nonarchitecture, as an entropic failure, as disharmonious, as an economic loss.

The opposition to our transgressive use of excess results in devastating accumulation and denies life
meaning
Stoekl 07 (Alan, professor of French and comparative literature at Penn State University, Batailles Peak: Energy, Religion and
Postsustainability, 2007, p.44-46)
Bataille does, then, implicitly face the question of carrying capacity. Perhaps the ultimate example of this is nuclear war.
The modern economy, according to Bataille, does not recognize the possibility of excess and therefore limits; the
Protestant, and then the Marxist, ideal is to reinvest all excess back into the productive process, always augmenting output
in this way. Utility in this model ends up being perfectly impractical: only so much output can be reabsorbed into the
ever-more-efficient productive process. As in the case with Tibet, ultimately the excess will have to be burned off. This can
happen either peacefully, through various postcapitalist mechanisms that Bataille recommends, such as the Marshall Plan,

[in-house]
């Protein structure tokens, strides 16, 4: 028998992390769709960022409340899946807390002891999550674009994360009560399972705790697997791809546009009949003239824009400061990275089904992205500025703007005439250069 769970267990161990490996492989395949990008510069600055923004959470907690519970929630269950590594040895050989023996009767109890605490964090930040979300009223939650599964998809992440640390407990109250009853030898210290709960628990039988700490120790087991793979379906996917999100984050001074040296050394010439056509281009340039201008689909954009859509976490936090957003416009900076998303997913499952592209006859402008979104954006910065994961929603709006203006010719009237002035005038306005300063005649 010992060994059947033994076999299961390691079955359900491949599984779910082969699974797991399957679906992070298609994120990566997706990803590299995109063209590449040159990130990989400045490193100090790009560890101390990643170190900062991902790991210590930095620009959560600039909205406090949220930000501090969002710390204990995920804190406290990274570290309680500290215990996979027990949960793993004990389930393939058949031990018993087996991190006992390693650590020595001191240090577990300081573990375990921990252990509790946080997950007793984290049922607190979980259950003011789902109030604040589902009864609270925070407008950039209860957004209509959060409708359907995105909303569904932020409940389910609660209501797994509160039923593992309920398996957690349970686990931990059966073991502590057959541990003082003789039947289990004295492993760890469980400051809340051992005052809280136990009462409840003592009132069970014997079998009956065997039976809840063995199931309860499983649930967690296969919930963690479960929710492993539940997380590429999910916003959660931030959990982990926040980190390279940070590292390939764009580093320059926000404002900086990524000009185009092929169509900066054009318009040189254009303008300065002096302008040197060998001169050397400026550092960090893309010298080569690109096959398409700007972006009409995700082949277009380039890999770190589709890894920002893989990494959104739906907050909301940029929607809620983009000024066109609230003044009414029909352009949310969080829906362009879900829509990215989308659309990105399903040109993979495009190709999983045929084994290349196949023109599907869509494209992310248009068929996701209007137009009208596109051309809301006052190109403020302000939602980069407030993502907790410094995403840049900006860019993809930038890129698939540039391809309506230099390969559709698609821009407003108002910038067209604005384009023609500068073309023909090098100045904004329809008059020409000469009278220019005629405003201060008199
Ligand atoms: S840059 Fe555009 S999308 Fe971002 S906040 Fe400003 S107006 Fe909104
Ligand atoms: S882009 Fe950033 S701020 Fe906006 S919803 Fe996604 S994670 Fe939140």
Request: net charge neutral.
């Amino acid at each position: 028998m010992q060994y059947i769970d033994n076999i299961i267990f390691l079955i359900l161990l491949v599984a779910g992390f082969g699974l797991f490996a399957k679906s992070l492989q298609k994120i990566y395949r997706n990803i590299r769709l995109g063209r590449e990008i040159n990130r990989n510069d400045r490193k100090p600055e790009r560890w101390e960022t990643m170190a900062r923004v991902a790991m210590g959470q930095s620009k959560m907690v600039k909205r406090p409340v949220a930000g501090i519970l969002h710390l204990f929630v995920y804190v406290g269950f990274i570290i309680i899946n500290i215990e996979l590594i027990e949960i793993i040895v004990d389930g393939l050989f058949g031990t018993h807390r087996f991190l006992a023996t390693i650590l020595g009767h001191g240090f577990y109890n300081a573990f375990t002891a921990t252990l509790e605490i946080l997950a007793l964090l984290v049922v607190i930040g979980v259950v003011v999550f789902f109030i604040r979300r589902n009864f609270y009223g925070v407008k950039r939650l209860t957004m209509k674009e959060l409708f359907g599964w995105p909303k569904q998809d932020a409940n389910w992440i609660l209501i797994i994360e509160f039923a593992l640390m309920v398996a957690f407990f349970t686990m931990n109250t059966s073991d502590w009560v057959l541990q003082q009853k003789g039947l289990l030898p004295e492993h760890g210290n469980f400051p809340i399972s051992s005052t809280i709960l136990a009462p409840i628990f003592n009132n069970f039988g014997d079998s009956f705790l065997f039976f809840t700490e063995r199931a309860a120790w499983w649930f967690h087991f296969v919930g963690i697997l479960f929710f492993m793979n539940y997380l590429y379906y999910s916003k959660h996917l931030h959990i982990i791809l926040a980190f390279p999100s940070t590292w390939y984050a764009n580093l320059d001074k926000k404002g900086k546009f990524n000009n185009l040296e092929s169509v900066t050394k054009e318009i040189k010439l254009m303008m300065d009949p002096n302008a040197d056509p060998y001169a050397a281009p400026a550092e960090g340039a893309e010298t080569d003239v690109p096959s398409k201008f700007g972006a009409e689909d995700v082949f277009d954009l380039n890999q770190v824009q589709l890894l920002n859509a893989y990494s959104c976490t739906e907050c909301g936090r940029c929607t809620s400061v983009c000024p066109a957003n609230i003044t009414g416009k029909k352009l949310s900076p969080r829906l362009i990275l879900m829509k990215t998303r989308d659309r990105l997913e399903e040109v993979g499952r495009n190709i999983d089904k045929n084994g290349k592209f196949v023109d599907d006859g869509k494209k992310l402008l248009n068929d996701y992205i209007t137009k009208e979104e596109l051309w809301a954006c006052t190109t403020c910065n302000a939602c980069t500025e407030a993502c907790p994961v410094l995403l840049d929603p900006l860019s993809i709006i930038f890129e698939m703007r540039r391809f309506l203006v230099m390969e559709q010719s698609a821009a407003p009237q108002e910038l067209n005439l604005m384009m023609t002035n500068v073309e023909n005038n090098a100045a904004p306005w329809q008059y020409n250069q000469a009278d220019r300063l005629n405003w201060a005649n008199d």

which will shift growth to other parts of the world, or violently and apocalyptically through the ultimate in war: nuclear
holocaust. One can see that, in the end, the world itself will be en vase clos, fully developed, with no place for the excess to
go. The bad alternativenuclear holocaustwill result in the ultimate reduction in carrying capacity: a burned-out,
depopulated earth. Humanity is, at the same time, through industry, which uses energy for the development of the forces of
production, both a multiple opening of the possibilities of growth, and the infinite faculty for burnoff in pure loss (facilite
infinie de consumation en pure perte]. (OC. 7: 170; AS, 181) Modern war is first of all a renunciation: one produces and
amasses wealth in order to overcome a foe. War is an adjunct to economic expansion; it is a practical use of excessive
forces. And this perhaps is the ultimate danger of the present-day (1949) buildup of nuclear arms: armament, seemingly a
practical way of defending ones own country or spreading ones own values, in other words, of growing, ultimately leads